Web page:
Objectives of the national forestry plan to 2020 have been met, the Ministry of the Environment says.
Environment ministry deputy secretary general Marku Lamp said.:"Fulfillment of the objectives set out in the development plan some ten years ago has generally been successful."
The ministry has now sent its report on the issue for approval.
Environment minister Tõnis Mölder (Center) said that high-quality forests equate to high levels of biodiversity, which will enable the replacement of fossil fuel materials with wood in the future, bearing in mind climate change goals.
Mölder said: "In the light of very diverse, at times opposing and increasing expectations, we must ensure that the development of forestry should also remain stable in the future but also take into consideration the changed needs of the society."
The plan period saw several important changes, including the effective end of ongoing land reforms and growth in renewable energy.
Forest protection goals were met, while the utilization of forest was smaller than the prescribed framework allowed for, the ministry says.
Negative issues include the efficient replenshiment of forest stocks, while taking climate policies into account, though he area of forested land has increased by close to 100,000 hectares in the apst 10 years, BNS reports, and logging has not outstripped reformestation.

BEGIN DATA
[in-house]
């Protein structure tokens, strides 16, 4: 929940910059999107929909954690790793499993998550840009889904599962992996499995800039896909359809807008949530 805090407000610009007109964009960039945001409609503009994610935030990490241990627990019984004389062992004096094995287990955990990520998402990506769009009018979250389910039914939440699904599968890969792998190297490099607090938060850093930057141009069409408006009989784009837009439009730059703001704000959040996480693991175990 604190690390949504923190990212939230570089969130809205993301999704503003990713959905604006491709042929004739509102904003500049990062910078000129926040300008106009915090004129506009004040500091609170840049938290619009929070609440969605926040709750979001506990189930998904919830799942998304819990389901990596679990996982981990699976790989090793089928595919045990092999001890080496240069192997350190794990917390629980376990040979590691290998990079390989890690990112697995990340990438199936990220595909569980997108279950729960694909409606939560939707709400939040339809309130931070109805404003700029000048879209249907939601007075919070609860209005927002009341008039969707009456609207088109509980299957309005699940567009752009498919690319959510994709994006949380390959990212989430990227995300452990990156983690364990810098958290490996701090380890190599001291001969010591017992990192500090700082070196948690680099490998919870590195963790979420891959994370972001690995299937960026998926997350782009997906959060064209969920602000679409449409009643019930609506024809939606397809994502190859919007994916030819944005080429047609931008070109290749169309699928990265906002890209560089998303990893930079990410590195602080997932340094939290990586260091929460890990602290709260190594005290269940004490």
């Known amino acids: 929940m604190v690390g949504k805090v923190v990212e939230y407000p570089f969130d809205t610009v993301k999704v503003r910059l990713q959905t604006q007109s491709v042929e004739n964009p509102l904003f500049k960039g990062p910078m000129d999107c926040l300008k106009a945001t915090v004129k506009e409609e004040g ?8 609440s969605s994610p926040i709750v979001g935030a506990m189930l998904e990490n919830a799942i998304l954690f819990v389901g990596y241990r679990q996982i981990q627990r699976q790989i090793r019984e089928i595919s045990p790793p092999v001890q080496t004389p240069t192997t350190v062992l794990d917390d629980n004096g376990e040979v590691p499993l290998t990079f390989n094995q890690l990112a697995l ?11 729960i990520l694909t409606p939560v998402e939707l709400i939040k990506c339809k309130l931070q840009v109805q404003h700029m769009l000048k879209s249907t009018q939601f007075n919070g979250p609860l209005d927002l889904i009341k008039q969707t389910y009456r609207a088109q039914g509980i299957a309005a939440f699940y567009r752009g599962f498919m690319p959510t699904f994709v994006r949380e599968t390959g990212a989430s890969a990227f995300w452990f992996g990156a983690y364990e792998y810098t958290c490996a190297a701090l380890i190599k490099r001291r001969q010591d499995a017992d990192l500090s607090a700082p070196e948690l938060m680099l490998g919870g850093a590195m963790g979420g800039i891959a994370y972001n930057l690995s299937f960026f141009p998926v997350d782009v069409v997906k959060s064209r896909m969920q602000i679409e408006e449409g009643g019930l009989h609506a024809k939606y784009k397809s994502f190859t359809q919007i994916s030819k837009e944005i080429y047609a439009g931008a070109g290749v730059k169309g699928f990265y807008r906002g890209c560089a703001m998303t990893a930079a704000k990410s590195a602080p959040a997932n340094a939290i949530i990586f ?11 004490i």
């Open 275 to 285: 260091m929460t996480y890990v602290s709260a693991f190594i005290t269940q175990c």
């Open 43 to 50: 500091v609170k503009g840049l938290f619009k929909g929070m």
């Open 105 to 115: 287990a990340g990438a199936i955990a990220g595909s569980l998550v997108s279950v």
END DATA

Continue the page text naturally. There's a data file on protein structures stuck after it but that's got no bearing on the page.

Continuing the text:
Challenges over the past 10 years have included the after-effects economic downturn starting in 2008, as well as climate change matters, at EU-level in particular.
Meanwhile progress has been made on involving local communities in forest affairs, and developing recreational zones.
The land reform's conclusion means close to half of forest nationwide is in private ownership.
Lamp said the results were: "A good starting point for the next forestry development plan and provides certainty that forest management has largely been prudent while also providing the understanding that there are still more challenges to come."
Editor: Andrew Whyte